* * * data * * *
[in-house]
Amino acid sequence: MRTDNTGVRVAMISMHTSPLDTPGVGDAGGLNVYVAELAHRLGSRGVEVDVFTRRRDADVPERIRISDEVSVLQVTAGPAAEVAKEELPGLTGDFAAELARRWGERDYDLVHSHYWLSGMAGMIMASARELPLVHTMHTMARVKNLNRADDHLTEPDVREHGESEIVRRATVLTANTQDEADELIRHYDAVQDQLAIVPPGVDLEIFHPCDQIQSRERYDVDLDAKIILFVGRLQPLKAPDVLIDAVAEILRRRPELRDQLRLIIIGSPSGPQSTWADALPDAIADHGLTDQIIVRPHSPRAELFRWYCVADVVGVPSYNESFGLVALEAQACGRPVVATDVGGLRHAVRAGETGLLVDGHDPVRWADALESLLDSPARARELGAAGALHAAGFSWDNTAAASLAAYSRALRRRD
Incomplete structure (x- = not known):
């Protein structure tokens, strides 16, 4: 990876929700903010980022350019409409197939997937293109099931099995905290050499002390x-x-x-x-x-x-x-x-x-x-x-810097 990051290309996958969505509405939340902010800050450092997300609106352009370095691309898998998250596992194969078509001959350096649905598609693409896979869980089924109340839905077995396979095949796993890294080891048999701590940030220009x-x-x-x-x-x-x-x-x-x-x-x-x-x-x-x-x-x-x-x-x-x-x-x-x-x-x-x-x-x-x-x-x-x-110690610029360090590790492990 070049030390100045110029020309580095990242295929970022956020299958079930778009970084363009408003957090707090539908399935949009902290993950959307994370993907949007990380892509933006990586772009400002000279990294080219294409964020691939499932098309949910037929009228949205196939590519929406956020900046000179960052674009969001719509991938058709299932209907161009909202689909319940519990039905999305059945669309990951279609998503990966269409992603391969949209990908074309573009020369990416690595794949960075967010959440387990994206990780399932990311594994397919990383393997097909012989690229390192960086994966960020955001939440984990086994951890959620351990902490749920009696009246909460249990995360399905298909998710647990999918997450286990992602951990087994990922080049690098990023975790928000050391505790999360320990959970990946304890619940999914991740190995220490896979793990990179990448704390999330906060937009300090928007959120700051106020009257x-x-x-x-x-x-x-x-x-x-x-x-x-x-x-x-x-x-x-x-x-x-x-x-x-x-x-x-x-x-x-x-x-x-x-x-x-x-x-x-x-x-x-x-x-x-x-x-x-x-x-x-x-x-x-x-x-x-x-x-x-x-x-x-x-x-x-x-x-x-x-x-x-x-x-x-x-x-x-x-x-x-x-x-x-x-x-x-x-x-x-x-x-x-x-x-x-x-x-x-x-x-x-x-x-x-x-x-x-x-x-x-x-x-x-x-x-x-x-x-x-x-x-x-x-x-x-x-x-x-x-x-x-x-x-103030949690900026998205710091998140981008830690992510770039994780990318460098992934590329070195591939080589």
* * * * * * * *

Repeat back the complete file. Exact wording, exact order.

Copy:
[in-house]
Amino acid sequence: MRTDNTGVRVAMISMHTSPLDTPGVGDAGGLNVYVAELAHRLGSRGVEVDVFTRRRDADVPERIRISDEVSVLQVTAGPAAEVAKEELPGLTGDFAAELARRWGERDYDLVHSHYWLSGMAGMIMASARELPLVHTMHTMARVKNLNRADDHLTEPDVREHGESEIVRRATVLTANTQDEADELIRHYDAVQDQLAIVPPGVDLEIFHPCDQIQSRERYDVDLDAKIILFVGRLQPLKAPDVLIDAVAEILRRRPELRDQLRLIIIGSPSGPQSTWADALPDAIADHGLTDQIIVRPHSPRAELFRWYCVADVVGVPSYNESFGLVALEAQACGRPVVATDVGGLRHAVRAGETGLLVDGHDPVRWADALESLLDSPARARELGAAGALHAAGFSWDNTAAASLAAYSRALRRRD
Incomplete structure (x- = not known):
């Protein structure tokens, strides 16, 4: 990876929700903010980022350019409409197939997937293109099931099995905290050499002390x-x-x-x-x-x-x-x-x-x-x-810097 990051290309996958969505509405939340902010800050450092997300609106352009370095691309898998998250596992194969078509001959350096649905598609693409896979869980089924109340839905077995396979095949796993890294080891048999701590940030220009x-x-x-x-x-x-x-x-x-x-x-x-x-x-x-x-x-x-x-x-x-x-x-x-x-x-x-x-x-x-x-x-x-x-110690610029360090590790492990 070049030390100045110029020309580095990242295929970022956020299958079930778009970084363009408003957090707090539908399935949009902290993950959307994370993907949007990380892509933006990586772009400002000279990294080219294409964020691939499932098309949910037929009228949205196939590519929406956020900046000179960052674009969001719509991938058709299932209907161009909202689909319940519990039905999305059945669309990951279609998503990966269409992603391969949209990908074309573009020369990416690595794949960075967010959440387990994206990780399932990311594994397919990383393997097909012989690229390192960086994966960020955001939440984990086994951890959620351990902490749920009696009246909460249990995360399905298909998710647990999918997450286990992602951990087994990922080049690098990023975790928000050391505790999360320990959970990946304890619940999914991740190995220490896979793990990179990448704390999330906060937009300090928007959120700051106020009257x-x-x-x-x-x-x-x-x-x-x-x-x-x-x-x-x-x-x-x-x-x-x-x-x-x-x-x-x-x-x-x-x-x-x-x-x-x-x-x-x-x-x-x-x-x-x-x-x-x-x-x-x-x-x-x-x-x-x-x-x-x-x-x-x-x-x-x-x-x-x-x-x-x-x-x-x-x-x-x-x-x-x-x-x-x-x-x-x-x-x-x-x-x-x-x-x-x-x-x-x-x-x-x-x-x-x-x-x-x-x-x-x-x-x-x-x-x-x-x-x-x-x-x-x-x-x-x-x-x-x-x-x-x-x-103030949690900026998205710091998140981008830690992510770039994780990318460098992934590329070195591939080589």